By Muhammad Mudassar
ISLAMABAD, May 16 (INP-WealthPK): Pakistan is one of the most vulnerable countries to climate change impacts, which has a negative effect on the economy. Global warming, change in weather patterns, droughts, extinction of species, glaciers melting, and food insecurity have been attributed to climate change in Pakistan.
According to the Intergovernmental Panel on Climate Change (IPCC) 6th Assessment Report (AR6) 2022, climate change has adversely affected human physical and mental health. It can be mediated through a number of natural and human systems, including economic and social systems.
In April 2022, the country experienced its hottest month in 61 years. On April 30, 2022, the maximum temperature recorded in Jacobabad was 49°C, according to the Pakistan Meteorological Department (PMD). Both urban and rural populations are affected by climate change. Due to plenty of emissions from industries and the shortage of trees, the urban population faces heat strokes. Furthermore, due to the lack of proper infrastructure, the urban areas were flooded as a result of heavy rains. Climate change has reduced soil fertility, which results in a reduction in agricultural output.
Greenhouse gasses (GHGs) are the major cause of climate change. GHGs are primarily carbon dioxide, methane, and nitrogen dioxide. All aspects of the economy contribute to the emission of greenhouse gases, including energy, industrial processes and product use (IPPU), agriculture, forestry, and other land use and waste. According to the World Bank, carbon dioxide emissions are around 0.98 metric tons per capita which is higher than Bangladesh (0.5 MT per capita).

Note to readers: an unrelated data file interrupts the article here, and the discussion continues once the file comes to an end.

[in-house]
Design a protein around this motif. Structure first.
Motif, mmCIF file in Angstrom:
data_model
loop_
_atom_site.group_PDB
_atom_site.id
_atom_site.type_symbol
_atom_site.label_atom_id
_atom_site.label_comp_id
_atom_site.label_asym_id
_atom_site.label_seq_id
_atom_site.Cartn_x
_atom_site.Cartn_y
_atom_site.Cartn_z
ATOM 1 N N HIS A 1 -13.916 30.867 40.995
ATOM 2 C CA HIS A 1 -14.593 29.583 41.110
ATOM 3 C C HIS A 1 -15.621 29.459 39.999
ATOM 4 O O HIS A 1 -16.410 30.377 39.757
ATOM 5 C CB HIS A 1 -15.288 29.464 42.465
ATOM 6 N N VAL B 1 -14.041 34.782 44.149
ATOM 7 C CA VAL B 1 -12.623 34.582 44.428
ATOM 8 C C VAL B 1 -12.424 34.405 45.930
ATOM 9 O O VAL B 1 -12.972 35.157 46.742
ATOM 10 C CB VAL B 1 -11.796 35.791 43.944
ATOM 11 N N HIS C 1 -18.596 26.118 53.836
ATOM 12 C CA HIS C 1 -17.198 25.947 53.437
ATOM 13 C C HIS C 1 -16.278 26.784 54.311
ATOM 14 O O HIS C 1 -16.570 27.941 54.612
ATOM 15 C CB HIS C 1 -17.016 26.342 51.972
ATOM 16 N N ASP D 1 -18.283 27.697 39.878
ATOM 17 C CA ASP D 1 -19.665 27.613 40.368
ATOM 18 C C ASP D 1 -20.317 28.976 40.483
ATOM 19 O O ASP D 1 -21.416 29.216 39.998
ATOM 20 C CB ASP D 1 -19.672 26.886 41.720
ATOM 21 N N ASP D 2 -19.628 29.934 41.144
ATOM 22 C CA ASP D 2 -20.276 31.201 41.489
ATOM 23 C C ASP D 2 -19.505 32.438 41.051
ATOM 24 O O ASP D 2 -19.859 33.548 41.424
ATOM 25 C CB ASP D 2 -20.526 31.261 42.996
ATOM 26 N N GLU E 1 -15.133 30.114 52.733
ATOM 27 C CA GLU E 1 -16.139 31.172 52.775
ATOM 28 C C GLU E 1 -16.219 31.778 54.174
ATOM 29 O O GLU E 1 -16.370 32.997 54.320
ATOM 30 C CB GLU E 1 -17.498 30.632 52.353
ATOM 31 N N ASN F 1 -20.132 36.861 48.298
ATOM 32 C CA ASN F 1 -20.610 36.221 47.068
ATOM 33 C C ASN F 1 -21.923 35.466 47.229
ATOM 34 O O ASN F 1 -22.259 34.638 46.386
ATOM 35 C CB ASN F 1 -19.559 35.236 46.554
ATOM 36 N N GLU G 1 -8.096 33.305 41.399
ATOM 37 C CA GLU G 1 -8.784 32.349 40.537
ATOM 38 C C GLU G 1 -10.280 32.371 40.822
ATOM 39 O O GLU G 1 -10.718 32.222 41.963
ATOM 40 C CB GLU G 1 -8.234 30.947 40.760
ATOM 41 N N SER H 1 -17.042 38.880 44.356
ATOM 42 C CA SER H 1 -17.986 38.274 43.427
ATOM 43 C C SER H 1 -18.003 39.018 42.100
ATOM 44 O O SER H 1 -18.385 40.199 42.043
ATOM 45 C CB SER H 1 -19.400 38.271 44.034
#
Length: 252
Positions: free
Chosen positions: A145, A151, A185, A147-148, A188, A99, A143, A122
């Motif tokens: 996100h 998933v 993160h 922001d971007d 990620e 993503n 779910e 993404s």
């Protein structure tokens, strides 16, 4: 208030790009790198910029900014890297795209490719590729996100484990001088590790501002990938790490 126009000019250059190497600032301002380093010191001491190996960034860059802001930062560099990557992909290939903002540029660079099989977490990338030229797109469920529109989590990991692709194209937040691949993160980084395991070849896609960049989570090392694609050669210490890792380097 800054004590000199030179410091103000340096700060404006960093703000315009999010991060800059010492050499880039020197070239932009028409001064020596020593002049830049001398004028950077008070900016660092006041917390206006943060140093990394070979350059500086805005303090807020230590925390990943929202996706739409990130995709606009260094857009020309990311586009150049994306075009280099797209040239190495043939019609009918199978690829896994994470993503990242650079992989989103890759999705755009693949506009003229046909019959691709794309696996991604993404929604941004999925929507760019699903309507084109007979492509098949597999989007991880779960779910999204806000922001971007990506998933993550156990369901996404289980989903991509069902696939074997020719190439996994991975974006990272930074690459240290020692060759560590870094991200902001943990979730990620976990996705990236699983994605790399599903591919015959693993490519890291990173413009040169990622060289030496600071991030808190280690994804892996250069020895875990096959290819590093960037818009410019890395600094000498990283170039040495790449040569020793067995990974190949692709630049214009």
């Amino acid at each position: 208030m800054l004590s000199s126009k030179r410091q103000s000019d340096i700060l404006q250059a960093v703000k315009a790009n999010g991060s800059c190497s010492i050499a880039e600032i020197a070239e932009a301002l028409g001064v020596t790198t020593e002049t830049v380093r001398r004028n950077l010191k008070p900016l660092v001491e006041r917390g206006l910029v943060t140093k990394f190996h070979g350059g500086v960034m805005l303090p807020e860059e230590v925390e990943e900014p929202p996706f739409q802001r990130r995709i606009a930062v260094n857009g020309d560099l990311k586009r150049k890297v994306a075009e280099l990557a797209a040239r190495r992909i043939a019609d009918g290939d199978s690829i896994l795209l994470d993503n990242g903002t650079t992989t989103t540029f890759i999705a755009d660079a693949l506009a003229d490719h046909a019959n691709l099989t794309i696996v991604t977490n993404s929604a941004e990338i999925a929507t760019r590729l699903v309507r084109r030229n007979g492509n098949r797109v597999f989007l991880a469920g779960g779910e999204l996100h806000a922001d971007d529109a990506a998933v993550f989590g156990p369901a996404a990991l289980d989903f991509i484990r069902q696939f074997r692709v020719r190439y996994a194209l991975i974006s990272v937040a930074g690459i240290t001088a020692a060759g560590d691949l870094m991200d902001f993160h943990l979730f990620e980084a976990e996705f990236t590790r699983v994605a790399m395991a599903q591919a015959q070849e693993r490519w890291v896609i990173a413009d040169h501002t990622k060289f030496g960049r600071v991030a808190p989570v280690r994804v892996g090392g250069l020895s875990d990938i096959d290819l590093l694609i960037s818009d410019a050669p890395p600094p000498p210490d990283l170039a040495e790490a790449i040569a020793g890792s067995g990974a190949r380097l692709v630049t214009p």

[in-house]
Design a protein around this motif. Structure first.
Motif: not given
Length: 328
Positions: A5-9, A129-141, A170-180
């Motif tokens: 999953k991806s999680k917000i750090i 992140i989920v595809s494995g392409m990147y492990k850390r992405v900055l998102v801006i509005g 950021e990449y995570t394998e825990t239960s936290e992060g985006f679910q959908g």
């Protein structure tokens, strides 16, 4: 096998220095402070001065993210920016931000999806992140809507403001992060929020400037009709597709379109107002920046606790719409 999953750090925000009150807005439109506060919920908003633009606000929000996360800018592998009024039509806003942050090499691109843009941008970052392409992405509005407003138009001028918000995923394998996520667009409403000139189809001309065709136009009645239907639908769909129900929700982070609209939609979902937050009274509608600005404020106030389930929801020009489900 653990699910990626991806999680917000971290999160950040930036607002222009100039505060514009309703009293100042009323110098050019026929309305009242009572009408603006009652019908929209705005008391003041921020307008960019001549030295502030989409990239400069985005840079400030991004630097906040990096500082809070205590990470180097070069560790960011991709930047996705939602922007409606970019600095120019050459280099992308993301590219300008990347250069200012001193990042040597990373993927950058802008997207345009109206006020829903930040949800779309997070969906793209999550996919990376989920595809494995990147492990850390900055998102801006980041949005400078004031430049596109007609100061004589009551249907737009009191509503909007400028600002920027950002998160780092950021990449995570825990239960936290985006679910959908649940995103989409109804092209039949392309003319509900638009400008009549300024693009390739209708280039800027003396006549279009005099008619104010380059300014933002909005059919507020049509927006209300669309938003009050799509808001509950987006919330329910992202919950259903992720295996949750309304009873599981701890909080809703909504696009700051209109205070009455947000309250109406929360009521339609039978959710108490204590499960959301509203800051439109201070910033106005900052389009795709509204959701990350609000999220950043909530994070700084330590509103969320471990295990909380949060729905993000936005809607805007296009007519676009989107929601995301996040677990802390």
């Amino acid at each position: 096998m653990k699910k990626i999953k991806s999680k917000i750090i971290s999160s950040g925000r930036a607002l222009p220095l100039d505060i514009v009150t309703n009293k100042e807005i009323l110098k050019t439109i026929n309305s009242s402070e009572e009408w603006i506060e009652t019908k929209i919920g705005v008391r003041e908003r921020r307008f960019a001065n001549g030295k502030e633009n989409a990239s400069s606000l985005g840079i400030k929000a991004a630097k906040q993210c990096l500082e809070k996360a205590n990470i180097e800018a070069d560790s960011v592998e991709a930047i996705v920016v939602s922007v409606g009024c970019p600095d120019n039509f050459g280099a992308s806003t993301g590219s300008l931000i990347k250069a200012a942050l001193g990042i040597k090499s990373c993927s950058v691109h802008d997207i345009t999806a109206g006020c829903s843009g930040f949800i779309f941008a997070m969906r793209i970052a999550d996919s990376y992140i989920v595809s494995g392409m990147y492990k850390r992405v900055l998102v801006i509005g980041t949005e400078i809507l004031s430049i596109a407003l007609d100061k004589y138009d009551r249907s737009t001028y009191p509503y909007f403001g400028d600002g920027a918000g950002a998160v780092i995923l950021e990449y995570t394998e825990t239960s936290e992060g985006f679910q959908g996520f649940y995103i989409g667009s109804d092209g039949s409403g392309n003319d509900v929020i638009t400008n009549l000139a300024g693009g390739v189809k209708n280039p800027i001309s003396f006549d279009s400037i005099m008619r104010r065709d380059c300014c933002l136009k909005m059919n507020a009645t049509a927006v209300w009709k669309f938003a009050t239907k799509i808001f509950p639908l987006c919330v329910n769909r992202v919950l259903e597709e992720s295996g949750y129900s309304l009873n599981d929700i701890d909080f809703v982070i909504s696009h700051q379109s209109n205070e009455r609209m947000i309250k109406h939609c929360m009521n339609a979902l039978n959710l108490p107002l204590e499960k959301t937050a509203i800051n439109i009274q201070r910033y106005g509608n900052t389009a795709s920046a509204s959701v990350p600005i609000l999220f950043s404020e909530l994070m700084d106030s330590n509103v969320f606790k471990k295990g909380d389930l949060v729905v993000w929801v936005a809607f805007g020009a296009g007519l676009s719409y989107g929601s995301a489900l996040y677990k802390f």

The energy sector is one of the major contributors to greenhouse gas emissions. In accordance with the World Resources Institute’s Climate Analysis Indicator Tool (WRI CAIT), energy accounts for 46% of Pakistan’s total annual GHG emissions, 26% of which is attributed to electricity consumption, 25% to manufacturing, 23% to transportation, and the remaining 26% to other energy-related activities.
Pakistan has massive potential for solar, wind, and hydroelectric power, and recent policies and initiatives have strongly advocated the need for a transition towards clean energy resources. Pakistan has committed to the international community that under the Alternative Renewable Energy (ARE) Policy, it aims to achieve 30% share of renewables (currently standing at 4%) in the energy mix till 2030.
Pakistan has established the “Eco-System Restoration Fund”, which will be used to support nature-based solutions to climate change and facilitate the transition to environmentally resilient initiatives, such as afforestation and biodiversity conservation.